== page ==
We've all heard of the Met and the Louvre, but what about the penis museum? We've compiled six strange museums that will leave you scratching your head.
From the mundane to the bizarre, if it exists, there is probably a museum somewhere dedicated to it. Both in the United States and abroad, people are infinitely fascinated by things, their variety, and their history.
Below are six items so arcane or lackluster that dedicating more than a moment’s thought to them—let alone a museum—is already quite the task. But in this world, is anything really shocking anymore? Some are interesting, some disturbing, and some may be considered flat-out gross, but in our human quest to satiate our curiosities, we collect, we curate, and we open the doors to anyone with similar intellectual appetites.
Strange Museums: The Paris Sewer System – Paris, France
The Paris underground has long been known for its hidden catacombs filled with skeletons and other mysteries, but what few people are aware of is that citizens and tourists have also been exploring the city’s underground sewer systems since the 1800’s. There are displays of sewage history directly within the pipes and tunnels of ‘Gay Paree’. As you can imagine, while the history visitors are presented with while traipsing about a city’s centuries-old inner workings is rich, it also stinks.
The Icelandic Phallological Museum – Reykjavik, Iceland
This museum proves just how informative childhood events are of your future. Retired teacher Sigurður Hjartarson founded the Icelandic Phalloglogical Museum in 1997, citing a cattle whip made from a bull’s penis that he received as a boy as the event that sparked his interest in the sexual organ. Also known as The Penis Museum, The Icelandic Phallological Museum is a celebration of the diversity of the penis throughout the natural world.
With over 280 penises and penile parts on display, the museum is currently in search of its final capping piece, a human penis. Specimens include the phallic remains of shrews, walruses, and the unquestioned star of the show: a 6 foot long blue whale penis. Opened in 1997, this museum is ‘rising’ in popularity with thousands of tourists a year, the majority of which are women.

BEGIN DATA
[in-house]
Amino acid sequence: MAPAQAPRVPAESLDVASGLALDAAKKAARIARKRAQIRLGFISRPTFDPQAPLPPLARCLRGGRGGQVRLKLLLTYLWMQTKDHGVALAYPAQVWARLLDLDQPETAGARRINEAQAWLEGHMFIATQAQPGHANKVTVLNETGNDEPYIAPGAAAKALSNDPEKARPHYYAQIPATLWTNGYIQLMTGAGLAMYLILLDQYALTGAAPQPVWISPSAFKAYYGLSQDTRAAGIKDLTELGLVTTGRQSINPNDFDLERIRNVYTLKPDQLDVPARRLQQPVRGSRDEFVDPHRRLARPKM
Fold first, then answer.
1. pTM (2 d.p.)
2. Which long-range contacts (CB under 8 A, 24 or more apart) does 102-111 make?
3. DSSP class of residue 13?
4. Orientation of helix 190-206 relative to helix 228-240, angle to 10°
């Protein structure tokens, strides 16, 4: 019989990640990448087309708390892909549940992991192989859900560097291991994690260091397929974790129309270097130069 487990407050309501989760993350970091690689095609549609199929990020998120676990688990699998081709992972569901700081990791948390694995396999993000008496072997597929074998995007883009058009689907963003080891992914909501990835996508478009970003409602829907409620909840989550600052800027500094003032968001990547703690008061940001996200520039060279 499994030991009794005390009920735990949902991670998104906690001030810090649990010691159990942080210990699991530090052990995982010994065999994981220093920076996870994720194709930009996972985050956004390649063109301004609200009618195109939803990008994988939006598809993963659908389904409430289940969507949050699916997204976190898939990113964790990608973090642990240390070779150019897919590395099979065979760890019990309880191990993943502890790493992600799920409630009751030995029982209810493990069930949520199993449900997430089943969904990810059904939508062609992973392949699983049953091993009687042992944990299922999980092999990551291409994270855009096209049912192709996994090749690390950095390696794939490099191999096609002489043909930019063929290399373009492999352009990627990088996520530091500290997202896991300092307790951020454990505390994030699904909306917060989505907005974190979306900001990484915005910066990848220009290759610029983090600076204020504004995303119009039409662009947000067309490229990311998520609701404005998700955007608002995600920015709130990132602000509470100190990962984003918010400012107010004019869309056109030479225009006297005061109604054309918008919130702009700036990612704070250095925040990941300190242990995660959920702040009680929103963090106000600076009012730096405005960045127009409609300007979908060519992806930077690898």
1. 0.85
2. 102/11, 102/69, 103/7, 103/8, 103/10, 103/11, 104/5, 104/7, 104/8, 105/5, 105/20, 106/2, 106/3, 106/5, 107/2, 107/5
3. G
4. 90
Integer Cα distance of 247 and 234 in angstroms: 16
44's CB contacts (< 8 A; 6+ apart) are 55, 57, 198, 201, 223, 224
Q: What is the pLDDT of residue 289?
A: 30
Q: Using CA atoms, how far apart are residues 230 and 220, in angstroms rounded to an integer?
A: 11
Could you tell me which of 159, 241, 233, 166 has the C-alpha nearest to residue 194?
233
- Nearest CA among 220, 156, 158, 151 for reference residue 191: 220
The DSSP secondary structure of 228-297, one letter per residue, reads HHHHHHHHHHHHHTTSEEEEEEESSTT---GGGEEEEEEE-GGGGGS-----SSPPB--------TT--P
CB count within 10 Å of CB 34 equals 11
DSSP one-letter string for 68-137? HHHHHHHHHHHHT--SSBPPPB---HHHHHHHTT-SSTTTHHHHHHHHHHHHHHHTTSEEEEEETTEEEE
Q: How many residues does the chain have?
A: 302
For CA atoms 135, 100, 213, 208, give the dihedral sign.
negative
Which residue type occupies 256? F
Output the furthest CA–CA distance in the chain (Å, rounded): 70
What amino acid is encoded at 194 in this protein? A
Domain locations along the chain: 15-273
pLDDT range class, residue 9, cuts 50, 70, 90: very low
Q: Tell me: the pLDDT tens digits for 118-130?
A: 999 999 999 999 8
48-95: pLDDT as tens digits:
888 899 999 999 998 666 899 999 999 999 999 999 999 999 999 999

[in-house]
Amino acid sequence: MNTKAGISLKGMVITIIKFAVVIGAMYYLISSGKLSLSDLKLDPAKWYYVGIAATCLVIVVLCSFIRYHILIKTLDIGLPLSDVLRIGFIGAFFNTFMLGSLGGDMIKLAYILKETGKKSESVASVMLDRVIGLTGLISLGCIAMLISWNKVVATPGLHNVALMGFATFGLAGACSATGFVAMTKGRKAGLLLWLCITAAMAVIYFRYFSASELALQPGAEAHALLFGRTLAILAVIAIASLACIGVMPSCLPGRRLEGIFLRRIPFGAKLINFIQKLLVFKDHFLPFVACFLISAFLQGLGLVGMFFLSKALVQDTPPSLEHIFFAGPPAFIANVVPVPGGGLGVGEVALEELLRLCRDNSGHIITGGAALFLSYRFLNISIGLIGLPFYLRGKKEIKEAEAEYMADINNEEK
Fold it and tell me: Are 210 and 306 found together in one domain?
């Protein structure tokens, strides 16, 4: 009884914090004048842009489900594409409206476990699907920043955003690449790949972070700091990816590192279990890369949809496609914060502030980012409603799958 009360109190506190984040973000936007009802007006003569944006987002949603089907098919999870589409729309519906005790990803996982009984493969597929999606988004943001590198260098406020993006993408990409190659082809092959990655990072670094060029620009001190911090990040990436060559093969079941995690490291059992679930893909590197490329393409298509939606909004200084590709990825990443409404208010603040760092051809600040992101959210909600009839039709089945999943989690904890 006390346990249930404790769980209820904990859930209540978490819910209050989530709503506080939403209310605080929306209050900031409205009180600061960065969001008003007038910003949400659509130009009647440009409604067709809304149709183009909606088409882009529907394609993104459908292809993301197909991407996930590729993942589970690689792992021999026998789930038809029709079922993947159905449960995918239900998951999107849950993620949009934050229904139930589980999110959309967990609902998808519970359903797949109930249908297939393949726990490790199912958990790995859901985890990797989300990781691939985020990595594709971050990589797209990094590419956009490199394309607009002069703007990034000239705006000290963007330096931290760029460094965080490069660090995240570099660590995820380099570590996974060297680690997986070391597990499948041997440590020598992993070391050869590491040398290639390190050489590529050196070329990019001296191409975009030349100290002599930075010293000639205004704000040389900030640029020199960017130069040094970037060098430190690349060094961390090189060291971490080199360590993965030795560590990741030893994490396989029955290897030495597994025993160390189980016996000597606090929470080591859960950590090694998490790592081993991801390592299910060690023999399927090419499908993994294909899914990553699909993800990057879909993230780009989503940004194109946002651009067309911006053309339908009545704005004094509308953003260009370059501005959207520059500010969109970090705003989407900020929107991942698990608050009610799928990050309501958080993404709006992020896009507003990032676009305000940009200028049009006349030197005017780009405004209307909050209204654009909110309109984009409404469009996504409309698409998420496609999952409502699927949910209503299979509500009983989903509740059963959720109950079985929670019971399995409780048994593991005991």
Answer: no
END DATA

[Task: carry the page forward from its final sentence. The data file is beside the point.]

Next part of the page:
Strange Museums: The Museum of Questionable Medical Devices – St. Paul, Minnesota
This is actually a museum within a museum. Located within The Science Museum of Minnesota is a collection of the world’s most questionable medical contraptions, implements, and machines. Containing the personal collection of curator Bob McCoy, the museum displays a wide array of devices that at one time were thought to – or at least passed off as – having viable and valid medical uses. From machines to help you lose weight while you sit on them to an electric prod held between the legs to increase virility and cure prostate problems, every one of the devices failed to live up to their claims.
Sulabh International Museum of Toilets – Delhi, India
With a history going back to 2,500 BC, the Museum of Toilets documents the varying incarnations of the one of the world’s most vital intentions and THE most necessary household device. Founded by Dr. Bindeshwar Pathak, the museum was originally devised to educate both policy makers and the people of Delhi to encourage them to work together to solve the area’s sanitary issues.
It’s currently located in Sulabh International’s premises, with Sulabh aptly being a non-profit dedicated to human rights, environmental sanitation and waste management. The toilet is of practical concern in Delhi. While rural sanitation coverage has increased from 1% in 1980 to 21% in 2008, the area still has a lot of room for improvement.
Museum of Medieval Torture Devices – Amsterdam, Netherlands
Amsterdam has long been known for its openness to heterodox lifestyles, and the Museum of Medieval Torture Devices is just another affirmation of that. Looking like a series of dungeons straight out of a Middle Ages castle, this museum boasts over 100 torture and interrogation devices throughout history.
Tourists view and take pictures of themselves in often humorous poses, with fiendish inventions like the iron maiden, judas chair, Catherine Wheels and Scold’s bridle, all of which were used to torture and kill unlucky and unseemly citizens hundreds (and even thousands) of years ago.
Shinyokohama Ramen Museum – Yokohama, Japan
As rich in sodium as they are in form, Ramen noodles have been a central food item in Japan for centuries and a college diet staple for a handful of decades. In most places, this quick and cheap meal seldom gets a second thought from its consumers.
That isn’t the case in Yokohama, Japan, where an entire museum is dedicated to ramen and, more generally, instant noodles. This culinary-themed museum consists of nine shops, an interactive display of all instant noodle types from around the world, as well as a miniature streetscape replica of Japan in 1958—the year the world’s first instant ramen was invented.